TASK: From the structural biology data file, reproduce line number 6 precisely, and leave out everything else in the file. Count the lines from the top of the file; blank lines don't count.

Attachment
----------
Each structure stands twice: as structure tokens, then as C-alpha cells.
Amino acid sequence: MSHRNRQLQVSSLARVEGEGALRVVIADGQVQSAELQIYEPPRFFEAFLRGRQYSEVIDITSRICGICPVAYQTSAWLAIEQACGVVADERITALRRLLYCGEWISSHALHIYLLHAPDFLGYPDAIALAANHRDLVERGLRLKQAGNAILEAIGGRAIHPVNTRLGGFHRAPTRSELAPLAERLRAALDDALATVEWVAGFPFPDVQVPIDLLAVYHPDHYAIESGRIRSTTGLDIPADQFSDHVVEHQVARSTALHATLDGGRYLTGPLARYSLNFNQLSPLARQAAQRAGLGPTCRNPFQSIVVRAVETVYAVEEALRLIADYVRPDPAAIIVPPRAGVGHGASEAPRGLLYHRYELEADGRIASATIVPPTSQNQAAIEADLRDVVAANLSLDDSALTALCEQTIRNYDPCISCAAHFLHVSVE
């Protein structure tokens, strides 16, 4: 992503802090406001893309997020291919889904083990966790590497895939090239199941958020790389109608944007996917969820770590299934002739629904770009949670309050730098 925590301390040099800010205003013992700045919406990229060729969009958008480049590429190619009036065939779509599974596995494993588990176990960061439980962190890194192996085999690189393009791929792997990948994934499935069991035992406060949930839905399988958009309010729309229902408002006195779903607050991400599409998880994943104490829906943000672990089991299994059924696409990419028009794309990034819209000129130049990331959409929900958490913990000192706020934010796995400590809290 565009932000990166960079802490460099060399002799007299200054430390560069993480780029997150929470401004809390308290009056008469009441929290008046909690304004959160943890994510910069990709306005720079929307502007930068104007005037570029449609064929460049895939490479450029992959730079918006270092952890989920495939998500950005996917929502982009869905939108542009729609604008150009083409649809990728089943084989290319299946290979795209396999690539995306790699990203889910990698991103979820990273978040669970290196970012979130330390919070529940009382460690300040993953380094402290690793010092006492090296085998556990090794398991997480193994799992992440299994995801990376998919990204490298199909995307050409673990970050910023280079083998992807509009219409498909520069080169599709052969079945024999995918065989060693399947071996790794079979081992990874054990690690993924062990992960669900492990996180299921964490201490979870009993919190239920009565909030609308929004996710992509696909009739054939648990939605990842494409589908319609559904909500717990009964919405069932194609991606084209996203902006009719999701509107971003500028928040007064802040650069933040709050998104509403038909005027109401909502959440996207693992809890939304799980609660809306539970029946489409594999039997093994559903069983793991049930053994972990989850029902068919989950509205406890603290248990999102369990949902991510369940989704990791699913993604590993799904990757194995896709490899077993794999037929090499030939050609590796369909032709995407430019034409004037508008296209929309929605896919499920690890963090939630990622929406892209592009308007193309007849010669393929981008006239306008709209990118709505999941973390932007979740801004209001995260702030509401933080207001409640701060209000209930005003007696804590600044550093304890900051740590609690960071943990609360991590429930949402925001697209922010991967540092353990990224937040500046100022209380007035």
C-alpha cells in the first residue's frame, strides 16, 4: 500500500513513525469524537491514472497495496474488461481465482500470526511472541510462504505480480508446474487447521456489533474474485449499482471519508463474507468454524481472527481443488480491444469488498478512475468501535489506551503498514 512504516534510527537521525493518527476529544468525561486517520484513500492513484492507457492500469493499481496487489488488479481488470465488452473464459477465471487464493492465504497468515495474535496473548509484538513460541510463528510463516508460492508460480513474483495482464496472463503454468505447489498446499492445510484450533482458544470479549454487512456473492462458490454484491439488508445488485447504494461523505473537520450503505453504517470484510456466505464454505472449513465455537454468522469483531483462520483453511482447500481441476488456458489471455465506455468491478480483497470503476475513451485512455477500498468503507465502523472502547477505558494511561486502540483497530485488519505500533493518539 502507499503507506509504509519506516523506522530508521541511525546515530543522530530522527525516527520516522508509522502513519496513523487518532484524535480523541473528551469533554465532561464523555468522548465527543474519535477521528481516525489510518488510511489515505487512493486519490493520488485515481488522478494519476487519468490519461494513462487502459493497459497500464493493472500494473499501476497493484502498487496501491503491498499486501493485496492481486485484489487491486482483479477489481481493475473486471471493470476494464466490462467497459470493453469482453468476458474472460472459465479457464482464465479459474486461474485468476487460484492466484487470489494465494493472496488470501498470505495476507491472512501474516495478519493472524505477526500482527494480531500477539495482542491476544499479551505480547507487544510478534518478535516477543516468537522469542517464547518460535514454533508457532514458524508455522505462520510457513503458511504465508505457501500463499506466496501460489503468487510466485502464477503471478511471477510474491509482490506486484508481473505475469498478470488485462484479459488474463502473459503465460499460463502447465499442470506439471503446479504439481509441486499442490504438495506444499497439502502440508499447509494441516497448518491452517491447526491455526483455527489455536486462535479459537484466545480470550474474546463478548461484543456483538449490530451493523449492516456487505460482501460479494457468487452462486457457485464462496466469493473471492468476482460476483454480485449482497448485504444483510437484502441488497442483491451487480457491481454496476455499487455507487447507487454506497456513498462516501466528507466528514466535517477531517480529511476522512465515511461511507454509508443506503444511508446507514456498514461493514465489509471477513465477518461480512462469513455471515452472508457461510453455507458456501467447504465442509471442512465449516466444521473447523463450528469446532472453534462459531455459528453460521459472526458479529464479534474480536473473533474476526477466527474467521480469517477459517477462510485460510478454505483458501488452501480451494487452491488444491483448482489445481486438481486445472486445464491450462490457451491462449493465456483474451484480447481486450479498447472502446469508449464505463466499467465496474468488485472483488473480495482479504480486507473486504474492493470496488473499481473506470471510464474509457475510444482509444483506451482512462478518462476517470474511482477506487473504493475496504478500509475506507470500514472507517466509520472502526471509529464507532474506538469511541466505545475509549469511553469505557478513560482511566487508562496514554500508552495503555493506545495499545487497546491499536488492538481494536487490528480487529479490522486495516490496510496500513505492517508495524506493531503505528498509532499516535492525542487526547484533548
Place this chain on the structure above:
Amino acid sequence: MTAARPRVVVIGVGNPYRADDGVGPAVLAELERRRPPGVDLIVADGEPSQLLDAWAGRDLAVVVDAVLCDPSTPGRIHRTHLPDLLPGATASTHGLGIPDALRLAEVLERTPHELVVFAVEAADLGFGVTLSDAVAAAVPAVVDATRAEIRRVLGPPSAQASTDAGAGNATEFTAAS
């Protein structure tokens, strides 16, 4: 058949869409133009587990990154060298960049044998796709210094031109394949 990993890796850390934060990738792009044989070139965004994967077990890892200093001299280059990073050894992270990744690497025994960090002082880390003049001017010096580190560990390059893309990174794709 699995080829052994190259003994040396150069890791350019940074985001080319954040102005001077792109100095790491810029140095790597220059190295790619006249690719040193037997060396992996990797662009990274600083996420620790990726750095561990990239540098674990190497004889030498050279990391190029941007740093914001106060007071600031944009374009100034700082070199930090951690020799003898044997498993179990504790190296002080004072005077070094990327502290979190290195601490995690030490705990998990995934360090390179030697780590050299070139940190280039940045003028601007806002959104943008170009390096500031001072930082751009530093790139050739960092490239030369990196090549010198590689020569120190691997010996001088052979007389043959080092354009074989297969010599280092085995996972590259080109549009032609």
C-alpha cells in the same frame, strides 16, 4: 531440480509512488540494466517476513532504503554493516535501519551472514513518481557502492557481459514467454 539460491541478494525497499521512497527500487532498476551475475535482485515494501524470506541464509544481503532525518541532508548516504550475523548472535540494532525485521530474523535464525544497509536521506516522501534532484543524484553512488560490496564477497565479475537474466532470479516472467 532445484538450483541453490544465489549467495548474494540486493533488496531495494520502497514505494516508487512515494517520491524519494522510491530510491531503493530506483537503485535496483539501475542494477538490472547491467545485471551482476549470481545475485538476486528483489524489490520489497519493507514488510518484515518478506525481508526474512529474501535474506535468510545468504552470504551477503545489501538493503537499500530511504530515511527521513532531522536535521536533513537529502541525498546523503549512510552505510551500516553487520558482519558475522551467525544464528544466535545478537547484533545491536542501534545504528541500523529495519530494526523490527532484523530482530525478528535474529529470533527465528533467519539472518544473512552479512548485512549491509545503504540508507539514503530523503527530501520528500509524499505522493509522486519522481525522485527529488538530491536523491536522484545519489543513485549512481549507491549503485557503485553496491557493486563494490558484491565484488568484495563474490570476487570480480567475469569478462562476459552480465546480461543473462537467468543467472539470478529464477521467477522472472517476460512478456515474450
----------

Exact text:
Amino acid sequence: MTAARPRVVVIGVGNPYRADDGVGPAVLAELERRRPPGVDLIVADGEPSQLLDAWAGRDLAVVVDAVLCDPSTPGRIHRTHLPDLLPGATASTHGLGIPDALRLAEVLERTPHELVVFAVEAADLGFGVTLSDAVAAAVPAVVDATRAEIRRVLGPPSAQASTDAGAGNATEFTAAS